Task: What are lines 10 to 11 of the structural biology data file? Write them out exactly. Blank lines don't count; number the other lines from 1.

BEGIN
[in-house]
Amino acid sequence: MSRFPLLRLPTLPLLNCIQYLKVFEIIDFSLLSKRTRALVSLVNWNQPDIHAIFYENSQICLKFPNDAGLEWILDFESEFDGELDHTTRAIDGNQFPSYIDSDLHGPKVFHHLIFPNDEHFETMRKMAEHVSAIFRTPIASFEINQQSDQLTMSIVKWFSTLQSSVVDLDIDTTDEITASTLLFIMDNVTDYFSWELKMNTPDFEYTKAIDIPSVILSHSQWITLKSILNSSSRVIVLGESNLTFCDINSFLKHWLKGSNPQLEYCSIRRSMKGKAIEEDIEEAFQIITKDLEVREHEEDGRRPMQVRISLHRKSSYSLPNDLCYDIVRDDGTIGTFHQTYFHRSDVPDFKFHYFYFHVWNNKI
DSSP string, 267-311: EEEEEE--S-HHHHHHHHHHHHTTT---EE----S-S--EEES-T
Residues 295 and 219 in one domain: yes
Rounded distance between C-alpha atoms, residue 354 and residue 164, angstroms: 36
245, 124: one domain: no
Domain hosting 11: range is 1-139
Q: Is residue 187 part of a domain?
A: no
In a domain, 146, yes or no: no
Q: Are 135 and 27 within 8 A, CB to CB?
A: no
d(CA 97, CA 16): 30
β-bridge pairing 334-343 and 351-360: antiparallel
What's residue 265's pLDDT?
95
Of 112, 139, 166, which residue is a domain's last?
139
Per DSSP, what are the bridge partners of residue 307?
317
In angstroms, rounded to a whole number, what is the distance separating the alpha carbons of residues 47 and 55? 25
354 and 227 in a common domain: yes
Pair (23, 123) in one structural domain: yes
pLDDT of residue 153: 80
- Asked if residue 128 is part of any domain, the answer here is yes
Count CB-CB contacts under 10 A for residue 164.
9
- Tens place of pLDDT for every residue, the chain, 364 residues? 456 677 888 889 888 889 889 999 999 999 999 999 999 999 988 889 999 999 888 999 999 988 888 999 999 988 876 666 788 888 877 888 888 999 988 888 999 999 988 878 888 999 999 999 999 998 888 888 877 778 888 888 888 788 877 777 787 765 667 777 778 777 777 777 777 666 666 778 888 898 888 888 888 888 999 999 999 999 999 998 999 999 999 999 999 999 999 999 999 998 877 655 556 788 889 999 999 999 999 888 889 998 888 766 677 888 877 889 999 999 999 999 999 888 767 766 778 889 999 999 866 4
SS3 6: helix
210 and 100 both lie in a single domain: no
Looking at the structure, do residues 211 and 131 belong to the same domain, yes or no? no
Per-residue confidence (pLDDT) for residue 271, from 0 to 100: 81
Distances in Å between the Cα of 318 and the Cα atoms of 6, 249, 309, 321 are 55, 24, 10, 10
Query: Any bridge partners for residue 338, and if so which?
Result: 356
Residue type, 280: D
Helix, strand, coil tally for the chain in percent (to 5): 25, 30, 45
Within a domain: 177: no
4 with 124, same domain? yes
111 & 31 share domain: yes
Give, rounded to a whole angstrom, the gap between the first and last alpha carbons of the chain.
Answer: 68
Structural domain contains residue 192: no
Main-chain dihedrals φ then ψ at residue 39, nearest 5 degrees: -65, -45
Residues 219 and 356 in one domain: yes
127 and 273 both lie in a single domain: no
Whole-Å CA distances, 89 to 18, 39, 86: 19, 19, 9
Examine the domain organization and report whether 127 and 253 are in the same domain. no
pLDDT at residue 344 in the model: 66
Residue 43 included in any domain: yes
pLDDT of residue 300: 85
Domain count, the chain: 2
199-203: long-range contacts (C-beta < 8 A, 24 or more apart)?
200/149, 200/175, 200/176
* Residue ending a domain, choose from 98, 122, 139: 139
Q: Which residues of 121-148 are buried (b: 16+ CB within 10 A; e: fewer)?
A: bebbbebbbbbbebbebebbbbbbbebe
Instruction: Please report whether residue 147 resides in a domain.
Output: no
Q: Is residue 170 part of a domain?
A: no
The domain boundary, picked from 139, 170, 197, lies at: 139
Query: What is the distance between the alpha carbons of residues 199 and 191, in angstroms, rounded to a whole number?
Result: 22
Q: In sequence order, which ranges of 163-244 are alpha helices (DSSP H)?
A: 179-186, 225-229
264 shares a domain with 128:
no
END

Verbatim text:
In a domain, 146, yes or no: no
Q: Are 135 and 27 within 8 A, CB to CB?